Sri Lanka on Saturday announced a ban on burqas and the closure of more than 1,000 Islamic schools in the country, according to the Associated Press.
“The burqa has a direct impact on national security,” Minister of Public Security Sarath Weerasekara said about the one-piece, full-body garb worn by some Muslim women.
He added, “It is a sign of religious extremism that came about recently. We will definitely ban it.”
Weerasekara said he signed a paper on Friday that advances the burqa measure to the Cabinet of Ministers for approval. He also addressed the closure of madrassa Islamic schools, citing their lack of adherence to national education policy, according to Reuters.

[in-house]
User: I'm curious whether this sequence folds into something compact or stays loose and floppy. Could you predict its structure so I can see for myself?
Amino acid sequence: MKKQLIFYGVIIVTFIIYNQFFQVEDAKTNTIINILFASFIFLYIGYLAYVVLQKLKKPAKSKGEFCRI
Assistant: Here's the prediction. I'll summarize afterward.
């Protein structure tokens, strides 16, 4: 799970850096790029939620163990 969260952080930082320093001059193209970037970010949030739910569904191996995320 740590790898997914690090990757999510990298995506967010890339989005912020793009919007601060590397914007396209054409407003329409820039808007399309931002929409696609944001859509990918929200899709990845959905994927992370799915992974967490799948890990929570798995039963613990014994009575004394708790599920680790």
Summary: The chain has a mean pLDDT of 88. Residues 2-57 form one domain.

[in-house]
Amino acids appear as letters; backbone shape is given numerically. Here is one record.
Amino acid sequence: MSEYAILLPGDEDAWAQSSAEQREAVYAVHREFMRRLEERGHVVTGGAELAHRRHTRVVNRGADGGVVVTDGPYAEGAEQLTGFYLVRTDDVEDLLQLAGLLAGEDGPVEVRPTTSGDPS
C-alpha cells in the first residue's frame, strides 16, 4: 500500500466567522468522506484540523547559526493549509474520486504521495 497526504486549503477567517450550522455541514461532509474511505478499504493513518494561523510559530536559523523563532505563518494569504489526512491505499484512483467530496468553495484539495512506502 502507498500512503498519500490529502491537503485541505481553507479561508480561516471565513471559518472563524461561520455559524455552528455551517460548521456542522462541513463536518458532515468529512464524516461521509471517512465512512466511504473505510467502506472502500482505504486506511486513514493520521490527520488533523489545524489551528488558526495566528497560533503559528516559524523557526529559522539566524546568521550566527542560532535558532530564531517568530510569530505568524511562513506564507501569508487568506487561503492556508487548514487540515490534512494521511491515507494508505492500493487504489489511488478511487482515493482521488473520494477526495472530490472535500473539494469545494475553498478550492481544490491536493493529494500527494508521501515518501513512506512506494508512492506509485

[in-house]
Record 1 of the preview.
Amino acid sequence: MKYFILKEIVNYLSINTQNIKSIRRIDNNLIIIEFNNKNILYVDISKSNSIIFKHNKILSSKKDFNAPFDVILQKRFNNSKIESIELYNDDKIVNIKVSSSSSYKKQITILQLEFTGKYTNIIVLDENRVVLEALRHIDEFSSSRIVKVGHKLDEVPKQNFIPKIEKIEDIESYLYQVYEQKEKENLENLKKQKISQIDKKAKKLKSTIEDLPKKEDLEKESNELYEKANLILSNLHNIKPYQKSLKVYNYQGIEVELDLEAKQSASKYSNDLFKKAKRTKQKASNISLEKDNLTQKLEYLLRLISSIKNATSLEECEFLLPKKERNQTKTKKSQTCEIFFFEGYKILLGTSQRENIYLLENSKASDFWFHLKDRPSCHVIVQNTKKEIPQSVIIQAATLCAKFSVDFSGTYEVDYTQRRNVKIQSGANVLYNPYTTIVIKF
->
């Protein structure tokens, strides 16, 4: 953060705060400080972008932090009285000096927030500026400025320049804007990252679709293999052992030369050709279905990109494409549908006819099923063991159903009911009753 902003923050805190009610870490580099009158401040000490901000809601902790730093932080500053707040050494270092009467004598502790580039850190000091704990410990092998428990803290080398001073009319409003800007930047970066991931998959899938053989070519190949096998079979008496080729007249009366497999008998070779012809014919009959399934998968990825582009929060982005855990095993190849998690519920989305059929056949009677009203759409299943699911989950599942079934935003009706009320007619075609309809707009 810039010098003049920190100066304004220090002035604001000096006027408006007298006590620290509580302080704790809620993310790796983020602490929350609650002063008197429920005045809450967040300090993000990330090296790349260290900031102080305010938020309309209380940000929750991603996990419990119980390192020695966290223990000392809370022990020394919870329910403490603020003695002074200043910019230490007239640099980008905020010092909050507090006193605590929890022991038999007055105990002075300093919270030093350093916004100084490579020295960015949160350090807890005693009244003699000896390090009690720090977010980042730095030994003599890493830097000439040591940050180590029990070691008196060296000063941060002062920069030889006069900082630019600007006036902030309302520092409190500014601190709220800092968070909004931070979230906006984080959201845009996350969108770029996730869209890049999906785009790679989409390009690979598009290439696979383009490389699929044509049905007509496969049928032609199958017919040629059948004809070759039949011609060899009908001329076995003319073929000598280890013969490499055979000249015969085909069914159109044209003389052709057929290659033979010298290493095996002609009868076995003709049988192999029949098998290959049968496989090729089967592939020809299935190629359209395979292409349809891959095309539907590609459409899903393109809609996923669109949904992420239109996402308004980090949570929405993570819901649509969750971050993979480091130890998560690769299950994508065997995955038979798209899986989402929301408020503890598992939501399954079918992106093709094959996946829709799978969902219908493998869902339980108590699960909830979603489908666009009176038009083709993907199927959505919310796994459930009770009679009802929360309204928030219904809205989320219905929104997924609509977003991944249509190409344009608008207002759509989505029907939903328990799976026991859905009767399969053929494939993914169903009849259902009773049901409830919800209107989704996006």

According to the U.S. State Department’s 2018 Report on International Religious Freedom on Sri Lanka, the island country in South Asia officially recognizes four religions: Buddhism, Islam, Hinduism and Christianity.
The country’s population is 9.7 percent Muslim, compared to 70.2 percent Buddhist, 12.6 percent Hindu and 7.4 percent Christian.
The report states that Sri Lanka’s government officials have practiced “systematic discrimination against religious minorities, especially Muslims and converts to ‘free’ (nondenominational and evangelical) Christian groups.”
The last time the burqa was banned in Sri Lanka was in 2019, after Islamic militants killed more than 250 people after bombing churches and hotels, according to Reuters.
Other countries have enacted burqa bans in recent years as well, including Switzerland and Denmark.